Lars Jakob Rudjord - new track 'Pharos'
We featured Ingvild Koksvild recently, and still recommend you check out her 'Songs from the Deepest Sea' EP if you haven't already, but writing about her led us in the direction of another musician from the same windswept peninsula of Norway. Lars Jakob Rudjord is a Norwegian musician who, if you listen to his music, is obviously inspired by his surroundings, and his 2016 album, which is simply entitled 'Indiepiano', is a lovely collection of compositions that you will get completely lost inside.
I was thinking that we should write a belated post on the album, but thankfully we have something more up to date, as yesterday Lars Jakob Rudjord released a short piece entitled 'Pharos'. Rudjord avoided the queues at the wooden hut in the forest (which, as we know, is the place that most Scandinavian musicians seem to compose their music) and found his retreat in a small art gallery next to a lighthouse, the perfect setting for writing music. I guess the obvious comparisons in his music would be with Icelandic artists such as Biggi Hilmars or Olafur Arnalds (particularly his Island Songs), but once again we'll mention Max Richter, as there is an obvious similarity in his style of writing also.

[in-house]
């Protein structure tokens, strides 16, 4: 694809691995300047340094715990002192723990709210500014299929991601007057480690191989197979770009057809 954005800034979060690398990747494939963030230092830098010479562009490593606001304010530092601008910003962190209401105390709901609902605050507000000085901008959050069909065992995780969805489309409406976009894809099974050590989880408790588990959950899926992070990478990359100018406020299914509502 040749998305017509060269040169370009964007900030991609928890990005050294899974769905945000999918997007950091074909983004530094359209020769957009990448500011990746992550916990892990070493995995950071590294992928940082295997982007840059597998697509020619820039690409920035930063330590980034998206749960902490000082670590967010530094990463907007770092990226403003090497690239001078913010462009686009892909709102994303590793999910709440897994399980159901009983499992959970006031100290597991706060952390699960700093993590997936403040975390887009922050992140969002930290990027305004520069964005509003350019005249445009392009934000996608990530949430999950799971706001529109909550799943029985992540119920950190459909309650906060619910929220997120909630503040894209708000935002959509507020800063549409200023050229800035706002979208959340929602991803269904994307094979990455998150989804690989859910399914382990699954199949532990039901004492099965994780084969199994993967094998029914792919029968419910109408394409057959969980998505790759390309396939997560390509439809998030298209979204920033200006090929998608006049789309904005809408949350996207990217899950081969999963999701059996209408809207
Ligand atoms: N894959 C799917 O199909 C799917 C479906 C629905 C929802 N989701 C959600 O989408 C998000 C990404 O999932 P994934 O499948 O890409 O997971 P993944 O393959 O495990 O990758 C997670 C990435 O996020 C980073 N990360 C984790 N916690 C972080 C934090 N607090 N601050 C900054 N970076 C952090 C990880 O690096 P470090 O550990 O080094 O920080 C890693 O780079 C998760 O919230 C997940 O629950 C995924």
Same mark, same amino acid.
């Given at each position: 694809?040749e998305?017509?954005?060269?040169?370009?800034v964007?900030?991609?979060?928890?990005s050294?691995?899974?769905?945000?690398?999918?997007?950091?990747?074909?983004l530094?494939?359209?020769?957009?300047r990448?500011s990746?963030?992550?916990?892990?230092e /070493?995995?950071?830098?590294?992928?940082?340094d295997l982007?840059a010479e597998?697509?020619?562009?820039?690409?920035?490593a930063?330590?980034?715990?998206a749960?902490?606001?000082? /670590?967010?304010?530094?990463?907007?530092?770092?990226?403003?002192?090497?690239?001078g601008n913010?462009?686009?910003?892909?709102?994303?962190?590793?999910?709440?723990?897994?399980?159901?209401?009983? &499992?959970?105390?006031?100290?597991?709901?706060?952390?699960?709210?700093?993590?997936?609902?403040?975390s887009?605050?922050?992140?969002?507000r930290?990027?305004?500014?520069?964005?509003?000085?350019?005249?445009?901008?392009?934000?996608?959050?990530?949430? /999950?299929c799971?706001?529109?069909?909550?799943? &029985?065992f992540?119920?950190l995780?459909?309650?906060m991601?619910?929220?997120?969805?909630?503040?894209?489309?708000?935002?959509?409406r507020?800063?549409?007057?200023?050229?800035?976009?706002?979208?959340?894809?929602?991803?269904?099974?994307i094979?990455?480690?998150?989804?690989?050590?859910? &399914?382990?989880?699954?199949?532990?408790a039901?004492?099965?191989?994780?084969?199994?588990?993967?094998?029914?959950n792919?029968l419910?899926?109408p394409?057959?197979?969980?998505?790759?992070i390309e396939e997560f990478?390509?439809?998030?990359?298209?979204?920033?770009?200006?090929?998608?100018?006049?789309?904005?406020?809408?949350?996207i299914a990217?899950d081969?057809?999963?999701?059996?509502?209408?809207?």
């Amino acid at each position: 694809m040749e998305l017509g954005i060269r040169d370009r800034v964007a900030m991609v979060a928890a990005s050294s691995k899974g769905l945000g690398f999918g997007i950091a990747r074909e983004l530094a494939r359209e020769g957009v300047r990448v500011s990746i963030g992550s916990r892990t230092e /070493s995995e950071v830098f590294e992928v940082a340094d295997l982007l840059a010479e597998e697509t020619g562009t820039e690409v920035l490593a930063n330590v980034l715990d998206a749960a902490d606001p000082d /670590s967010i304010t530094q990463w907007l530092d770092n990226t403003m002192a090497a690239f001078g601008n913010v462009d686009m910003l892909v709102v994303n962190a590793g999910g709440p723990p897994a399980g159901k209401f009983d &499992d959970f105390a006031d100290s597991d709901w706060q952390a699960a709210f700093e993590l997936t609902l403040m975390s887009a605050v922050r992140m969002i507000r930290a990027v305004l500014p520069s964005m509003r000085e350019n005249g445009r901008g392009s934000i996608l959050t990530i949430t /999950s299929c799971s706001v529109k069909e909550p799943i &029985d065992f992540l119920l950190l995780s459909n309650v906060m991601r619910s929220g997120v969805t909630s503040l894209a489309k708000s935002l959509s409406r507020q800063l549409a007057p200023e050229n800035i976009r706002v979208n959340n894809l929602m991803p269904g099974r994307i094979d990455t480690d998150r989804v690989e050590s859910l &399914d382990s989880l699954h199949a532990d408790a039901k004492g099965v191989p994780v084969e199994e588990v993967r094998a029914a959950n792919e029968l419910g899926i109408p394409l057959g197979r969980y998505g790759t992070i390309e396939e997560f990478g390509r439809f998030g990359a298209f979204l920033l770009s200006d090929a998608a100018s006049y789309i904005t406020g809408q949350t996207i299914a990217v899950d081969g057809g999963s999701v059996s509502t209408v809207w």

'Pharos' is a particularly lovely track, that if you turn up really loud on your best speakers seems to completely take over every corner of the house, and I particularly love the musical phrasing and expression in Rudjord's piano playing, those tiny subtle accents and pauses that help form patterns in the music. I've written before about my own connection with the sea, and music such as this seems to sum up why I love windswept ocean environments so much - it's almost as if 'Pharos' is written in awe of the surroundings.
This is 'Pharos':
Anyway I've probably written way too much about a 3 minute track, but this is beautiful writing, so please check out this track, and also try and find his 2016 album 'Indiepiano' too, it's available on both Itunes and streaming services.